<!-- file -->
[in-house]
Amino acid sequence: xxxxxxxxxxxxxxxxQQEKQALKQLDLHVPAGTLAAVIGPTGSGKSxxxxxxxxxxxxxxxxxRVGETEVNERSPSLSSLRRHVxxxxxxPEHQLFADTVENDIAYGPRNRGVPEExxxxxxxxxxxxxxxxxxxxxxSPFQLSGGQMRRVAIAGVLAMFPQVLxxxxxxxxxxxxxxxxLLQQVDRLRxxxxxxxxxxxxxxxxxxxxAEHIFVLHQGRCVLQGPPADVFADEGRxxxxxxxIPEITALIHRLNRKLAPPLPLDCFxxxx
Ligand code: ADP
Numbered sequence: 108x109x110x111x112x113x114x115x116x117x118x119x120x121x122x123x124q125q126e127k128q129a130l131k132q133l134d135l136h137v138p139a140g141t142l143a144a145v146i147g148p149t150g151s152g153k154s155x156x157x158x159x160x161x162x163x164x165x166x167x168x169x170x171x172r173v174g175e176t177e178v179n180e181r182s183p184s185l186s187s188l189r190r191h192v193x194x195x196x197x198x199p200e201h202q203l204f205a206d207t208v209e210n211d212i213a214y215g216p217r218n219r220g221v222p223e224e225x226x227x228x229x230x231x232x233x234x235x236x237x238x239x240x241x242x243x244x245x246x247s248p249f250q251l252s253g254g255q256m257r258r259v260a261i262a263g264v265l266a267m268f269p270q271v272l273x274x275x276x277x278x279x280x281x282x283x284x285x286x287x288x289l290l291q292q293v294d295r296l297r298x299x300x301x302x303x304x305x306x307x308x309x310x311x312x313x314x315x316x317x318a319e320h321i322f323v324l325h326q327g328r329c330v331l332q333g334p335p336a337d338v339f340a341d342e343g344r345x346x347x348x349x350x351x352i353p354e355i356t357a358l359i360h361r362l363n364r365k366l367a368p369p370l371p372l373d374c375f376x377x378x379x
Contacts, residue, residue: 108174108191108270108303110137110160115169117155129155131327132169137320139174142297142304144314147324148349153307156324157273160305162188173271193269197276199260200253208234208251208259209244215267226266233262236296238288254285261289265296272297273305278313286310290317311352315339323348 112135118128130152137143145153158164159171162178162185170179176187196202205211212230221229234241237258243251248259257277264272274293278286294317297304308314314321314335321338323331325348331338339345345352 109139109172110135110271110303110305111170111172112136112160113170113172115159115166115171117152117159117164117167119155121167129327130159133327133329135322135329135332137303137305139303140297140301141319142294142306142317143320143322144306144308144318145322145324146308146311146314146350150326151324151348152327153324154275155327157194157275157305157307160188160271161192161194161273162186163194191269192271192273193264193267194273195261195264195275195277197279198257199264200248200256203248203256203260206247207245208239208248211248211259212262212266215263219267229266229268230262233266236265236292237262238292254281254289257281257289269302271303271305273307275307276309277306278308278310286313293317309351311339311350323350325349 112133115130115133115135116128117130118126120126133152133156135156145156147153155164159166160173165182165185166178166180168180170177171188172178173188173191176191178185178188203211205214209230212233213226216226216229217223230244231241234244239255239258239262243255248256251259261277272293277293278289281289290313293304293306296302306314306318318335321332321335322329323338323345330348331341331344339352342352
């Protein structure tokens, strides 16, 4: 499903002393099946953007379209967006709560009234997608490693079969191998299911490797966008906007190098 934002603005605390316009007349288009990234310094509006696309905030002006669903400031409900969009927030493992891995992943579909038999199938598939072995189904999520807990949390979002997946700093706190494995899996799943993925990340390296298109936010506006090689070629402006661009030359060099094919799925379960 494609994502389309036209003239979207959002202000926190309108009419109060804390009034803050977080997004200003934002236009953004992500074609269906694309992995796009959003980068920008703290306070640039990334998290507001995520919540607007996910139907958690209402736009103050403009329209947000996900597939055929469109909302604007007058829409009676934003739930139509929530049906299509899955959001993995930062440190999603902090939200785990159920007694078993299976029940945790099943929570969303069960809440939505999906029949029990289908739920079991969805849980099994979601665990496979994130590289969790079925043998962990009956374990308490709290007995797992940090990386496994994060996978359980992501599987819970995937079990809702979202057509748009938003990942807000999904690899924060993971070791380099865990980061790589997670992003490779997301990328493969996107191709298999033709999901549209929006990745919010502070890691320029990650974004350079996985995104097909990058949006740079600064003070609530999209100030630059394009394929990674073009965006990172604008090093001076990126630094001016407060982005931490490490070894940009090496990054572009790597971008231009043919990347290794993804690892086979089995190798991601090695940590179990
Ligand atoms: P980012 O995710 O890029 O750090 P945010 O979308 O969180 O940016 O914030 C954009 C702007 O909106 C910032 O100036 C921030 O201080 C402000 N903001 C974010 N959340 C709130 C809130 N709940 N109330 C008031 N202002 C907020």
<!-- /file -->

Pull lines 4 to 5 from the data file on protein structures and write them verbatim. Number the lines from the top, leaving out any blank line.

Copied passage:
Numbered sequence: 108x109x110x111x112x113x114x115x116x117x118x119x120x121x122x123x124q125q126e127k128q129a130l131k132q133l134d135l136h137v138p139a140g141t142l143a144a145v146i147g148p149t150g151s152g153k154s155x156x157x158x159x160x161x162x163x164x165x166x167x168x169x170x171x172r173v174g175e176t177e178v179n180e181r182s183p184s185l186s187s188l189r190r191h192v193x194x195x196x197x198x199p200e201h202q203l204f205a206d207t208v209e210n211d212i213a214y215g216p217r218n219r220g221v222p223e224e225x226x227x228x229x230x231x232x233x234x235x236x237x238x239x240x241x242x243x244x245x246x247s248p249f250q251l252s253g254g255q256m257r258r259v260a261i262a263g264v265l266a267m268f269p270q271v272l273x274x275x276x277x278x279x280x281x282x283x284x285x286x287x288x289l290l291q292q293v294d295r296l297r298x299x300x301x302x303x304x305x306x307x308x309x310x311x312x313x314x315x316x317x318a319e320h321i322f323v324l325h326q327g328r329c330v331l332q333g334p335p336a337d338v339f340a341d342e343g344r345x346x347x348x349x350x351x352i353p354e355i356t357a358l359i360h361r362l363n364r365k366l367a368p369p370l371p372l373d374c375f376x377x378x379x
Contacts, residue, residue: 108174108191108270108303110137110160115169117155129155131327132169137320139174142297142304144314147324148349153307156324157273160305162188173271193269197276199260200253208234208251208259209244215267226266233262236296238288254285261289265296272297273305278313286310290317311352315339323348 112135118128130152137143145153158164159171162178162185170179176187196202205211212230221229234241237258243251248259257277264272274293278286294317297304308314314321314335321338323331325348331338339345345352 109139109172110135110271110303110305111170111172112136112160113170113172115159115166115171117152117159117164117167119155121167129327130159133327133329135322135329135332137303137305139303140297140301141319142294142306142317143320143322144306144308144318145322145324146308146311146314146350150326151324151348152327153324154275155327157194157275157305157307160188160271161192161194161273162186163194191269192271192273193264193267194273195261195264195275195277197279198257199264200248200256203248203256203260206247207245208239208248211248211259212262212266215263219267229266229268230262233266236265236292237262238292254281254289257281257289269302271303271305273307275307276309277306278308278310286313293317309351311339311350323350325349 112133115130115133115135116128117130118126120126133152133156135156145156147153155164159166160173165182165185166178166180168180170177171188172178173188173191176191178185178188203211205214209230212233213226216226216229217223230244231241234244239255239258239262243255248256251259261277272293277293278289281289290313293304293306296302306314306318318335321332321335322329323338323345330348331341331344339352342352